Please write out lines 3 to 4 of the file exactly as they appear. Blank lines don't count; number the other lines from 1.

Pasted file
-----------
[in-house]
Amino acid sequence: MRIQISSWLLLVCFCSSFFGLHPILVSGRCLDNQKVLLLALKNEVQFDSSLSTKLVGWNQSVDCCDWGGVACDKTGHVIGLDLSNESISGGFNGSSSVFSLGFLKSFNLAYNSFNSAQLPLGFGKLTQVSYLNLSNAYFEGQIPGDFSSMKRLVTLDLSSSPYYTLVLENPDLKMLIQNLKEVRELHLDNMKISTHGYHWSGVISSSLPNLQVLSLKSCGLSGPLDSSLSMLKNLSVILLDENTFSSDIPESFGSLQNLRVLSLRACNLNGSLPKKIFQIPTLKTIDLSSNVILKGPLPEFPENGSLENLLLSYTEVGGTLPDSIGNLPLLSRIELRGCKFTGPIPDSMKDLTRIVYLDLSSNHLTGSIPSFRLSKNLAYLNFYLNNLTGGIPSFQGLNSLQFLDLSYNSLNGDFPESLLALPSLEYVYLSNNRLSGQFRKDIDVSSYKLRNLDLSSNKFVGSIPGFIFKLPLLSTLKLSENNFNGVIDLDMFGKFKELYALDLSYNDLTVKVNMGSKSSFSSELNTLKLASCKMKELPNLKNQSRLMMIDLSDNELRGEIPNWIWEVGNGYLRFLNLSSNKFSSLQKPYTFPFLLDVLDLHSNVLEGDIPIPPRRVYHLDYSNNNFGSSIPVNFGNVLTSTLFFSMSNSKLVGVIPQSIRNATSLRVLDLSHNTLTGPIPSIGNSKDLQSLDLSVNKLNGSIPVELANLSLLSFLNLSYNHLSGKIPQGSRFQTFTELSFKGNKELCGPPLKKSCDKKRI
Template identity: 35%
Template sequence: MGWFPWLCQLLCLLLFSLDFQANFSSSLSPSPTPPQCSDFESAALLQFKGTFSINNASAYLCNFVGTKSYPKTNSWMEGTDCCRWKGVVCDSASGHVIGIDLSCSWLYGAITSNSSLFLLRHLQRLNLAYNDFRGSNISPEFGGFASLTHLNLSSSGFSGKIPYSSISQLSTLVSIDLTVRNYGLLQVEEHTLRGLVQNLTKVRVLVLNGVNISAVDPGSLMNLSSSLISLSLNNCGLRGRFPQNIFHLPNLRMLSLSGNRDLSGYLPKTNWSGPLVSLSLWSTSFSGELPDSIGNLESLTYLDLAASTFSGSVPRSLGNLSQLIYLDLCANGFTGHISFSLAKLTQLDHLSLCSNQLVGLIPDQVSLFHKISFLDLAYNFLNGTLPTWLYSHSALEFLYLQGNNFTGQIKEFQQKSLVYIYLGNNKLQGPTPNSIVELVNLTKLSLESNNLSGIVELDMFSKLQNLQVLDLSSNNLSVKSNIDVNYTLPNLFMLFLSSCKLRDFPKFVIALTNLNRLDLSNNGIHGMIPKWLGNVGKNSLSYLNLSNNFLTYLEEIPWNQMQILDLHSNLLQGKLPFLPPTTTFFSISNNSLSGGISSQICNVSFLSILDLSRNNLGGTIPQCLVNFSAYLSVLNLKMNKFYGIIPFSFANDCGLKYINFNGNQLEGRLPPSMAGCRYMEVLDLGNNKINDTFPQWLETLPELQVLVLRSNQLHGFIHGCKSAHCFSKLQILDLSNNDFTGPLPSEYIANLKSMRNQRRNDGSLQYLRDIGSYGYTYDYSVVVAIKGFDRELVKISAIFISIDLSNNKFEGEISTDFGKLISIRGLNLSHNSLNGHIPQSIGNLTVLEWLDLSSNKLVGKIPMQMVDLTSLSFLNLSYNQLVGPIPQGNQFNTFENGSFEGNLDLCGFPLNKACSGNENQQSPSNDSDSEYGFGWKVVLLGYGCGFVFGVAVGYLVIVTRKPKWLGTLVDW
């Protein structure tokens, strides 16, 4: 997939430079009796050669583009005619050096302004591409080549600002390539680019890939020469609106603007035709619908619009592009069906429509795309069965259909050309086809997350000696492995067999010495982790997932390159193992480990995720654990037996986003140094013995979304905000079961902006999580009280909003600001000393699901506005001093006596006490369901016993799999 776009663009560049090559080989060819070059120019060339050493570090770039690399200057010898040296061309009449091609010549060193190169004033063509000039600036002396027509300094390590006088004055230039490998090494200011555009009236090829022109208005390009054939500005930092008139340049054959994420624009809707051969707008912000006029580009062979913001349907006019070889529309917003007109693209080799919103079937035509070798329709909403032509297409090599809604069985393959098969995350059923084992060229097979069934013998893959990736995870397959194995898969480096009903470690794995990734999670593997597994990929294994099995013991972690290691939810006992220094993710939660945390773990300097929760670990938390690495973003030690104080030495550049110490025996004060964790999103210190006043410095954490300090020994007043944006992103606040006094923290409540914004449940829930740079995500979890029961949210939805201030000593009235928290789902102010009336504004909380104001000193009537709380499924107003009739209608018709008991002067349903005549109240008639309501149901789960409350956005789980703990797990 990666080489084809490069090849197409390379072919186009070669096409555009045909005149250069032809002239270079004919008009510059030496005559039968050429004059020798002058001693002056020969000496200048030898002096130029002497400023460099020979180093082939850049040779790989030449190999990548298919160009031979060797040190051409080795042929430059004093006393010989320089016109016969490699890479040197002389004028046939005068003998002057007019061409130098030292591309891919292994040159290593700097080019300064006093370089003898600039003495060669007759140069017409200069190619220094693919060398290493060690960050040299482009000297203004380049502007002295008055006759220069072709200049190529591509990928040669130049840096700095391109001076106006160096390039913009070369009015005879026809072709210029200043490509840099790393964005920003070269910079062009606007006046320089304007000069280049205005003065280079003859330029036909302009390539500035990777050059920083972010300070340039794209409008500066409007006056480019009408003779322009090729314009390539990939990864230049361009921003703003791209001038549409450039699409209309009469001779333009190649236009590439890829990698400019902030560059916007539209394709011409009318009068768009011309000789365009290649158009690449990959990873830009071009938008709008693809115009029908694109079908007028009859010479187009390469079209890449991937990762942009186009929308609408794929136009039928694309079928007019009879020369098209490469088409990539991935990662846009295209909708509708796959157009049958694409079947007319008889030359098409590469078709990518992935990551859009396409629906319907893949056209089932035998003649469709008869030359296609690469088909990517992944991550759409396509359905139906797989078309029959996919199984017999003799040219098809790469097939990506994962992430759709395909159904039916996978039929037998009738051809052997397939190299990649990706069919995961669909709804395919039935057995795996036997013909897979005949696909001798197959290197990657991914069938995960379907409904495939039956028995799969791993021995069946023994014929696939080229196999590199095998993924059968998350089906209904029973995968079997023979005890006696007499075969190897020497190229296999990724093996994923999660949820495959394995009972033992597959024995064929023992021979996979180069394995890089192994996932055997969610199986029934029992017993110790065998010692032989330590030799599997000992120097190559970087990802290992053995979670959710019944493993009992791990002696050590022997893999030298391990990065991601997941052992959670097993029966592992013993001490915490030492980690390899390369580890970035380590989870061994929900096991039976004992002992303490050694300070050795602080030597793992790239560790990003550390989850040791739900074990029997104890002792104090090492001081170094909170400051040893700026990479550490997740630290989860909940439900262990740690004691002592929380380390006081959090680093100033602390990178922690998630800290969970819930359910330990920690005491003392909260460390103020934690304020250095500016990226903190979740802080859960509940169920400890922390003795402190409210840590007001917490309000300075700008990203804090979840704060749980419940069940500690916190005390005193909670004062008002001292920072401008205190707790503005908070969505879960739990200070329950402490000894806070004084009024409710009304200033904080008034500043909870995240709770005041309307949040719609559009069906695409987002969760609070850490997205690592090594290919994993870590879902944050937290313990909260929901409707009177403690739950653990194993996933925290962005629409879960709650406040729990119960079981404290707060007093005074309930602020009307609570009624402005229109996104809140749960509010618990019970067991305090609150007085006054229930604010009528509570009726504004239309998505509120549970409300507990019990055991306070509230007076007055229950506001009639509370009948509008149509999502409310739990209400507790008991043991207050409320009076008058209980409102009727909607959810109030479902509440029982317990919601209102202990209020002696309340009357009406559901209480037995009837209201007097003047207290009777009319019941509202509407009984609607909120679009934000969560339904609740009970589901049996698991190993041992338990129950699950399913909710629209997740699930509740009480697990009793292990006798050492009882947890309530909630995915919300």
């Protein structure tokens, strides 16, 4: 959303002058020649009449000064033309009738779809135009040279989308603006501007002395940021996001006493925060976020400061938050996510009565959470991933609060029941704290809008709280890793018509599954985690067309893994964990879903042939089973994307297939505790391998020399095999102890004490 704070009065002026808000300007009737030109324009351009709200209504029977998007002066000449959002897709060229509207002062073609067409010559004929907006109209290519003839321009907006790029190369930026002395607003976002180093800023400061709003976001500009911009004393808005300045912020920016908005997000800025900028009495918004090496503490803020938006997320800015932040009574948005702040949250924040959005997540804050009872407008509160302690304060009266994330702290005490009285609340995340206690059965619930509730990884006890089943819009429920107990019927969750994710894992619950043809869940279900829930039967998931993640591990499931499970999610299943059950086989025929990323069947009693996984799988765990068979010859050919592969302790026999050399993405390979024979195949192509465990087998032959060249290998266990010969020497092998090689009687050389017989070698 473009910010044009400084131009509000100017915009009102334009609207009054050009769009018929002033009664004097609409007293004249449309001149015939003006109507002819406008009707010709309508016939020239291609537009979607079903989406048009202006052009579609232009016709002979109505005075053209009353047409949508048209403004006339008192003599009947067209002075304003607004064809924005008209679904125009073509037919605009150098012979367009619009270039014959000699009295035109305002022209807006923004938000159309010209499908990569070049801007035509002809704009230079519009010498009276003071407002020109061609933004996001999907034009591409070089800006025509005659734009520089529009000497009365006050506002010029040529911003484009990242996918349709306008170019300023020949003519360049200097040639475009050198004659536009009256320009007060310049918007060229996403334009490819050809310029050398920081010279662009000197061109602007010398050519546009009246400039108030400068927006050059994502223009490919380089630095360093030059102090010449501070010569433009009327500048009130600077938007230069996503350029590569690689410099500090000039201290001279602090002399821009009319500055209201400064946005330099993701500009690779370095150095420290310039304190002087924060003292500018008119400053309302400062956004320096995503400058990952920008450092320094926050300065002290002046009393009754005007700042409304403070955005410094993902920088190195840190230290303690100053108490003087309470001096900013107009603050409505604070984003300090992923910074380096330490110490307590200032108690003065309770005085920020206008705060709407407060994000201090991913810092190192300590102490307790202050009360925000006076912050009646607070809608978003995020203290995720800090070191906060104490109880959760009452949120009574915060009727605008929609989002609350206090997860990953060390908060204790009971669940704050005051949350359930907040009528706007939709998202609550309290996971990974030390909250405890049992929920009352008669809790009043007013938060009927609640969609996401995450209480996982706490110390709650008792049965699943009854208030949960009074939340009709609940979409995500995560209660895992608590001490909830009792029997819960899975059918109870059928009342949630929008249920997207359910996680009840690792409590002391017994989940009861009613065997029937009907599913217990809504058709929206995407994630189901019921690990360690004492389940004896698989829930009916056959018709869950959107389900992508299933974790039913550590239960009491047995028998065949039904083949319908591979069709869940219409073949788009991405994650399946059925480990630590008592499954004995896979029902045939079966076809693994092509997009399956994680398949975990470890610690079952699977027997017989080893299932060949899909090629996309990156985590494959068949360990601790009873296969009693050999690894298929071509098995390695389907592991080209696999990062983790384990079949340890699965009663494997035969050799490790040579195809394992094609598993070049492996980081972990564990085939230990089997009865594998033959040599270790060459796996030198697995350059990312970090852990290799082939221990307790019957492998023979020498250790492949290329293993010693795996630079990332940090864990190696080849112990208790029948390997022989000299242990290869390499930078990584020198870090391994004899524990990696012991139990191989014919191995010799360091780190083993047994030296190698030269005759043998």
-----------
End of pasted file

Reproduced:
Template identity: 35%
Template sequence: MGWFPWLCQLLCLLLFSLDFQANFSSSLSPSPTPPQCSDFESAALLQFKGTFSINNASAYLCNFVGTKSYPKTNSWMEGTDCCRWKGVVCDSASGHVIGIDLSCSWLYGAITSNSSLFLLRHLQRLNLAYNDFRGSNISPEFGGFASLTHLNLSSSGFSGKIPYSSISQLSTLVSIDLTVRNYGLLQVEEHTLRGLVQNLTKVRVLVLNGVNISAVDPGSLMNLSSSLISLSLNNCGLRGRFPQNIFHLPNLRMLSLSGNRDLSGYLPKTNWSGPLVSLSLWSTSFSGELPDSIGNLESLTYLDLAASTFSGSVPRSLGNLSQLIYLDLCANGFTGHISFSLAKLTQLDHLSLCSNQLVGLIPDQVSLFHKISFLDLAYNFLNGTLPTWLYSHSALEFLYLQGNNFTGQIKEFQQKSLVYIYLGNNKLQGPTPNSIVELVNLTKLSLESNNLSGIVELDMFSKLQNLQVLDLSSNNLSVKSNIDVNYTLPNLFMLFLSSCKLRDFPKFVIALTNLNRLDLSNNGIHGMIPKWLGNVGKNSLSYLNLSNNFLTYLEEIPWNQMQILDLHSNLLQGKLPFLPPTTTFFSISNNSLSGGISSQICNVSFLSILDLSRNNLGGTIPQCLVNFSAYLSVLNLKMNKFYGIIPFSFANDCGLKYINFNGNQLEGRLPPSMAGCRYMEVLDLGNNKINDTFPQWLETLPELQVLVLRSNQLHGFIHGCKSAHCFSKLQILDLSNNDFTGPLPSEYIANLKSMRNQRRNDGSLQYLRDIGSYGYTYDYSVVVAIKGFDRELVKISAIFISIDLSNNKFEGEISTDFGKLISIRGLNLSHNSLNGHIPQSIGNLTVLEWLDLSSNKLVGKIPMQMVDLTSLSFLNLSYNQLVGPIPQGNQFNTFENGSFEGNLDLCGFPLNKACSGNENQQSPSNDSDSEYGFGWKVVLLGYGCGFVFGVAVGYLVIVTRKPKWLGTLVDW